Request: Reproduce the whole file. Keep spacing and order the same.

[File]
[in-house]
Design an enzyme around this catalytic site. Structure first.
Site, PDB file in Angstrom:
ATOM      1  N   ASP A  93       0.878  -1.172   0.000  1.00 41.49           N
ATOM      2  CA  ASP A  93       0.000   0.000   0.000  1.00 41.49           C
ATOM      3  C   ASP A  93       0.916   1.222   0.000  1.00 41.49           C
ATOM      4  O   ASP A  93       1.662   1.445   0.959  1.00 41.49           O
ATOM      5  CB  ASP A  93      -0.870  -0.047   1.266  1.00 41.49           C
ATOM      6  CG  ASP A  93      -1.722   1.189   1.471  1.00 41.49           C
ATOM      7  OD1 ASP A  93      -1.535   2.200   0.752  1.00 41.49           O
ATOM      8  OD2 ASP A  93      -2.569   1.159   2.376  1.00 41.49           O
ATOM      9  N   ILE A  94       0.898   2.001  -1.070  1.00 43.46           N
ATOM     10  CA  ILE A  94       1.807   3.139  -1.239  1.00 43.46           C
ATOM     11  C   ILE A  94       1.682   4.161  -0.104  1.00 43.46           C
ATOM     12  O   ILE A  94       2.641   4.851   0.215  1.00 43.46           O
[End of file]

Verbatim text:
[in-house]
Design an enzyme around this catalytic site. Structure first.
Site, PDB file in Angstrom:
ATOM      1  N   ASP A  93       0.878  -1.172   0.000  1.00 41.49           N
ATOM      2  CA  ASP A  93       0.000   0.000   0.000  1.00 41.49           C
ATOM      3  C   ASP A  93       0.916   1.222   0.000  1.00 41.49           C
ATOM      4  O   ASP A  93       1.662   1.445   0.959  1.00 41.49           O
ATOM      5  CB  ASP A  93      -0.870  -0.047   1.266  1.00 41.49           C
ATOM      6  CG  ASP A  93      -1.722   1.189   1.471  1.00 41.49           C
ATOM      7  OD1 ASP A  93      -1.535   2.200   0.752  1.00 41.49           O
ATOM      8  OD2 ASP A  93      -2.569   1.159   2.376  1.00 41.49           O
ATOM      9  N   ILE A  94       0.898   2.001  -1.070  1.00 43.46           N
ATOM     10  CA  ILE A  94       1.807   3.139  -1.239  1.00 43.46           C
ATOM     11  C   ILE A  94       1.682   4.161  -0.104  1.00 43.46           C
ATOM     12  O   ILE A  94       2.641   4.851   0.215  1.00 43.46           O